He felt enormous pressure, but the family wasn't going to just leave Swat.
That was not what he was teaching his children.
"(The Taliban) left my people in hard days," he said, trying to find the right words in English.
"I should be beside them. This is my duty. And if I die for it, I think there would be no better chance for me to die than this."
Hundreds of schools torched
It was, without a doubt, a huge risk to educate girls in Swat around this time.
One need only look at the headlines in the region. "Militants destroyed 125 girls' schools in 10 months,' the Pakistan newspaper Daily Times reported in August 2008.
Human rights workers and aid agencies held a seminar in the area in 2008 to try to voice their concerns. They said Pakistani politicians and leaders were not listening.
Between 2007 and March 2009, 172 schools were shelled, blasted, demolished or ransacked. About 23,000 girls and 17,000 boys could no longer go to school, according to the United Nations High Commission on Human Rights.
In October 2010, months after massive floods caused widespread devastation in Pakistan, the Taliban stepped up its bombing campaign against schools that defiantly continued to educate girls.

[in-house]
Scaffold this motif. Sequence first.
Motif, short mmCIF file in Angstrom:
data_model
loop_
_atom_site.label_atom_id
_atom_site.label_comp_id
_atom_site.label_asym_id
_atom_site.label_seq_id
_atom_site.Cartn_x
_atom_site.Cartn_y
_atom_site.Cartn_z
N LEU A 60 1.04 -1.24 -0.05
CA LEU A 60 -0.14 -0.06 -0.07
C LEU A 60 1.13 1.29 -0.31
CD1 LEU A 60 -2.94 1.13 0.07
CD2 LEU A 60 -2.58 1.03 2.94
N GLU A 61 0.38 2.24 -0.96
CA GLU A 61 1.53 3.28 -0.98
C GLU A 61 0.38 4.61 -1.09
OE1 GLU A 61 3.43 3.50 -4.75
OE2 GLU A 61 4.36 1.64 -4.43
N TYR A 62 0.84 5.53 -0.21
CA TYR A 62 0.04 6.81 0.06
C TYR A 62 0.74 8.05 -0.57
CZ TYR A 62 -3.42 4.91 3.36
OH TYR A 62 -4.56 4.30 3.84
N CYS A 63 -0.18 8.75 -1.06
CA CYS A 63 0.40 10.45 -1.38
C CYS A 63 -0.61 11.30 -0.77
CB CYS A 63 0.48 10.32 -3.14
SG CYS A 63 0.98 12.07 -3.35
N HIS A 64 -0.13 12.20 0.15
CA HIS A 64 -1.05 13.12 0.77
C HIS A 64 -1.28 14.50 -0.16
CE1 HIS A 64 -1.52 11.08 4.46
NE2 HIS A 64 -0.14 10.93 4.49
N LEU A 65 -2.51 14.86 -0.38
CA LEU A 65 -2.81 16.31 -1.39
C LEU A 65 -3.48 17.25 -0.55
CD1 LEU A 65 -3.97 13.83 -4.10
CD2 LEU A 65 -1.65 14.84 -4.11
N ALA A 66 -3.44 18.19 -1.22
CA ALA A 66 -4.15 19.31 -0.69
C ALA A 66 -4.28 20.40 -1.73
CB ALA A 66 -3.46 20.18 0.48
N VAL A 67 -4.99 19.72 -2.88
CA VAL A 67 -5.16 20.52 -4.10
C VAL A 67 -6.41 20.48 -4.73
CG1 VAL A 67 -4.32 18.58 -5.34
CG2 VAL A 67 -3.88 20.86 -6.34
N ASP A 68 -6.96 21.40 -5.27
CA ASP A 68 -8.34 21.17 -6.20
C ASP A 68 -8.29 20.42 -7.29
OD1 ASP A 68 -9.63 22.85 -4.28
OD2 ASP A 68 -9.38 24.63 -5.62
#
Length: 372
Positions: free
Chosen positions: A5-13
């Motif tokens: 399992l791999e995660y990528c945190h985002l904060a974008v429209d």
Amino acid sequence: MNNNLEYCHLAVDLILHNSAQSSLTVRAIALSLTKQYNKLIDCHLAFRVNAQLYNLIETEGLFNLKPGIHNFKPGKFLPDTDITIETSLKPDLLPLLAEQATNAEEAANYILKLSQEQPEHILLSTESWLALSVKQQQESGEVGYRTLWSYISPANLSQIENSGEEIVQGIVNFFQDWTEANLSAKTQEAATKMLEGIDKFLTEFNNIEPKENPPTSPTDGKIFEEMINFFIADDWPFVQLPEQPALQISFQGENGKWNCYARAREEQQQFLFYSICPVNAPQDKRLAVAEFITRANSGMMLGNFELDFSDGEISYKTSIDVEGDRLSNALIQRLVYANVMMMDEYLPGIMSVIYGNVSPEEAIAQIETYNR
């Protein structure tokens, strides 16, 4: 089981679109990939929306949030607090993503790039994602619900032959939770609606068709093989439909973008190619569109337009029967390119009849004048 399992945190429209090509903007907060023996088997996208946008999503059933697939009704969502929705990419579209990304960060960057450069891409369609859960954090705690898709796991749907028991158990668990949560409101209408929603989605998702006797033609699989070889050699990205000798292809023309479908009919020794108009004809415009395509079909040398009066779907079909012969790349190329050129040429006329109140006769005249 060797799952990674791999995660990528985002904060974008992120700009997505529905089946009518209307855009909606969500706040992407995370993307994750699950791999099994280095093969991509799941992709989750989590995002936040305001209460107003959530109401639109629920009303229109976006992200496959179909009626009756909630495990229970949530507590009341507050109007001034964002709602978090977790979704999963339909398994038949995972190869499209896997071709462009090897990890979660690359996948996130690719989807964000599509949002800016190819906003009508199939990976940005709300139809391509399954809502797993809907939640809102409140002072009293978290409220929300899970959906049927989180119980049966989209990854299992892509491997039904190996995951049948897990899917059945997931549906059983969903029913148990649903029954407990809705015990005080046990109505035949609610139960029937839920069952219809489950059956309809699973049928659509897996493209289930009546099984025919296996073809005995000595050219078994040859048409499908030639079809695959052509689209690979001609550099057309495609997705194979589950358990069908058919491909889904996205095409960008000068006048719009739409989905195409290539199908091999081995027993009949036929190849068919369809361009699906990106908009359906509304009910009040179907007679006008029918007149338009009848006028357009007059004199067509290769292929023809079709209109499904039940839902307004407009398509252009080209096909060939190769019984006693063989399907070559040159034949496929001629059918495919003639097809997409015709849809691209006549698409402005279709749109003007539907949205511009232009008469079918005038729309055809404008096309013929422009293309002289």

For girls who weren't hurt, fear that they would be accomplished the Taliban's objective. Parents kept their daughters home to protect them.
In her BBC blog, Malala wrote on the eve of the edict that she had just ended her routine winter break from school. Usually before break, the principal would announce when classes would resume.
But this time, the principal didn't.
"I was in a bad mood," Malala blogged.
Vacation was normally fun but no one was in the mood to celebrate.
But what do you do when you're 11? You go to the playground and you play, so that's what they did.
Some of the girls said they thought everything would work out. They'd be back, they said.
Malala wanted to be hopeful, too. But before she left, she turned around and took one long look at the building.
Ice cream and diplomacy
Malala was right about the edict and what it meant.